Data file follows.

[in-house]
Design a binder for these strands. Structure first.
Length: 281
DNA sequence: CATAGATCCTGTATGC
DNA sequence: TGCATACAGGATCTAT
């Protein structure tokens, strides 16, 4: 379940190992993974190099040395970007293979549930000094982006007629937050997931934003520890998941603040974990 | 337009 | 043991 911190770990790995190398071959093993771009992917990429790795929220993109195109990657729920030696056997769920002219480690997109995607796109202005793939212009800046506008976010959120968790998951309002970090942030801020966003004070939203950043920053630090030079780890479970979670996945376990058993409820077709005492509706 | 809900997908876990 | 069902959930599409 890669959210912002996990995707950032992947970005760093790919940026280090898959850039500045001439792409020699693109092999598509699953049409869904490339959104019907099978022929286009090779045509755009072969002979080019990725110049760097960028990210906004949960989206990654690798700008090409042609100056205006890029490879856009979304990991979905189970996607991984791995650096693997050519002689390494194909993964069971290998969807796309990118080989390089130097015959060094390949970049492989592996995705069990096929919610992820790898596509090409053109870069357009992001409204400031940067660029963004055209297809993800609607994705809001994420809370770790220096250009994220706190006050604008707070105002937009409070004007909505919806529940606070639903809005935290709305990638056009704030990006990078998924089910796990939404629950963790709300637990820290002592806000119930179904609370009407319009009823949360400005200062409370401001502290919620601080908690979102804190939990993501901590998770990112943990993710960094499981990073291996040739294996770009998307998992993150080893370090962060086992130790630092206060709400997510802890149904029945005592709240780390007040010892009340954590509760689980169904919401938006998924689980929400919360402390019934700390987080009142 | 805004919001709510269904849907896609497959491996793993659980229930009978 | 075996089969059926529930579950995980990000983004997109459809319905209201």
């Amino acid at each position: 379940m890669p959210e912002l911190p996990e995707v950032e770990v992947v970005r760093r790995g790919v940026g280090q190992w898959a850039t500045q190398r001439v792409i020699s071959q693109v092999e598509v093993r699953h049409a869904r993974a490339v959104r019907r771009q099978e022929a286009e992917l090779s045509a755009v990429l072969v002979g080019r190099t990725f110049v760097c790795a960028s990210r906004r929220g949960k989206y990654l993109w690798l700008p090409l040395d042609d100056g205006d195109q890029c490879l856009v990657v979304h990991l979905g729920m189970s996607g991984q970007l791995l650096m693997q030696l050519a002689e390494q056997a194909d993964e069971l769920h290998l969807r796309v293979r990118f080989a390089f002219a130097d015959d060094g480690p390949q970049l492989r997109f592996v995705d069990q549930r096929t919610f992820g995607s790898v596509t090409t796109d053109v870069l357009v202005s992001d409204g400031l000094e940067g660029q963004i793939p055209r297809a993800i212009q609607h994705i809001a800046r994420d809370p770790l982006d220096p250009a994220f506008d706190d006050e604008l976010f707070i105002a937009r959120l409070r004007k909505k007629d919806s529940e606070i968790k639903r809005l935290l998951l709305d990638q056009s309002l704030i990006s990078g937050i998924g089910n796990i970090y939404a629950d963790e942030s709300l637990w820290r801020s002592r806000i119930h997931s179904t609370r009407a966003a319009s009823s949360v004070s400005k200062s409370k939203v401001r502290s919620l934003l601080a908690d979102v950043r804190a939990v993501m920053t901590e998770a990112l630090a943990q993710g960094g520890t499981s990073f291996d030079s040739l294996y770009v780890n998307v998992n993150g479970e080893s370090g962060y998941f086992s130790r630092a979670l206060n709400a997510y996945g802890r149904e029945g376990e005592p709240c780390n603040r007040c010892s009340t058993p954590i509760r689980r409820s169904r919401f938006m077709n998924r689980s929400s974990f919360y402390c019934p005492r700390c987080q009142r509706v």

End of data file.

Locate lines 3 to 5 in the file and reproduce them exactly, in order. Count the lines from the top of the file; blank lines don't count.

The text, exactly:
Length: 281
DNA sequence: CATAGATCCTGTATGC
DNA sequence: TGCATACAGGATCTAT